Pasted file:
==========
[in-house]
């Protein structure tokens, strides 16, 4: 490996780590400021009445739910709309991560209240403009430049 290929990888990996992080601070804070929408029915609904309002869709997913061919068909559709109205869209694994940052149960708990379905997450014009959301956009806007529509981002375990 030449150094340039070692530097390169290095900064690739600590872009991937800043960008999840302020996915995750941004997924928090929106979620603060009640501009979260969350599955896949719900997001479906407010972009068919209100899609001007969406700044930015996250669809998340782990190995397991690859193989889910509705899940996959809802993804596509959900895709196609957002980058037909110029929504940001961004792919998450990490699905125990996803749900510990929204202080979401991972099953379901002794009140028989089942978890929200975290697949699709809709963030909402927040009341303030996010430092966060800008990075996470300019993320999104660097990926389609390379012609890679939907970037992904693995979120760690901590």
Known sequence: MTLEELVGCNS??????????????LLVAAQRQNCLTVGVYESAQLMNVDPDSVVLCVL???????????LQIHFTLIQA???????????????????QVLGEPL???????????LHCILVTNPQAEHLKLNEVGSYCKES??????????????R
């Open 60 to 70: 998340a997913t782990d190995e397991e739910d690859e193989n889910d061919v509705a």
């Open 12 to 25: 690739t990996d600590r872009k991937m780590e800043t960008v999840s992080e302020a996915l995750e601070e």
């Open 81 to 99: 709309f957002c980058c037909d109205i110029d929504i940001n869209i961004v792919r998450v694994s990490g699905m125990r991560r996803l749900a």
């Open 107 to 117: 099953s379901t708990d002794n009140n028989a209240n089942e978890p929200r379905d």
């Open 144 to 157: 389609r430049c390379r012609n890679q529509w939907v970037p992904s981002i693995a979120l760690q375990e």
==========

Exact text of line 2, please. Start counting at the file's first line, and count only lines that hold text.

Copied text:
């Protein structure tokens, strides 16, 4: 490996780590400021009445739910709309991560209240403009430049 290929990888990996992080601070804070929408029915609904309002869709997913061919068909559709109205869209694994940052149960708990379905997450014009959301956009806007529509981002375990 030449150094340039070692530097390169290095900064690739600590872009991937800043960008999840302020996915995750941004997924928090929106979620603060009640501009979260969350599955896949719900997001479906407010972009068919209100899609001007969406700044930015996250669809998340782990190995397991690859193989889910509705899940996959809802993804596509959900895709196609957002980058037909110029929504940001961004792919998450990490699905125990996803749900510990929204202080979401991972099953379901002794009140028989089942978890929200975290697949699709809709963030909402927040009341303030996010430092966060800008990075996470300019993320999104660097990926389609390379012609890679939907970037992904693995979120760690901590």